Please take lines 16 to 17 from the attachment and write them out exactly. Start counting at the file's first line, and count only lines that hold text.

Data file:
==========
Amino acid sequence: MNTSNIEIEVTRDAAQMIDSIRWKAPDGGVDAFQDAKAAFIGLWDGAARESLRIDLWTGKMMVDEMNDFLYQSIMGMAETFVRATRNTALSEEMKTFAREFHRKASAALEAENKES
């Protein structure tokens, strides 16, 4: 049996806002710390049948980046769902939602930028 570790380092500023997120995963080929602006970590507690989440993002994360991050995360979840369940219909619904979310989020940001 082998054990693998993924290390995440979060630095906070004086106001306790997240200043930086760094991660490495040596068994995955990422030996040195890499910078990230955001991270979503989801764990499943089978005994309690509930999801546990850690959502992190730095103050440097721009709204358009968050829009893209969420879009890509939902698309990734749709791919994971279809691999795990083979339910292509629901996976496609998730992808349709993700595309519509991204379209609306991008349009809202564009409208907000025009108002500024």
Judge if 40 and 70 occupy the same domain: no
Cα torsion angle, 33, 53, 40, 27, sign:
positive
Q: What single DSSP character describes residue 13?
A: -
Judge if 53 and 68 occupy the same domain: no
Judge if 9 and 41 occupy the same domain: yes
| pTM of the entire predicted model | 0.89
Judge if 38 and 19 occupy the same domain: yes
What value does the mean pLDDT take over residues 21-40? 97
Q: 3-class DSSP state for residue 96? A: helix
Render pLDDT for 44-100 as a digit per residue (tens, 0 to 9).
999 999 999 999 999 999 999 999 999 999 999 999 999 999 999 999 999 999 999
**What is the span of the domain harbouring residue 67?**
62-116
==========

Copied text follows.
**What is the span of the domain harbouring residue 67?**
62-116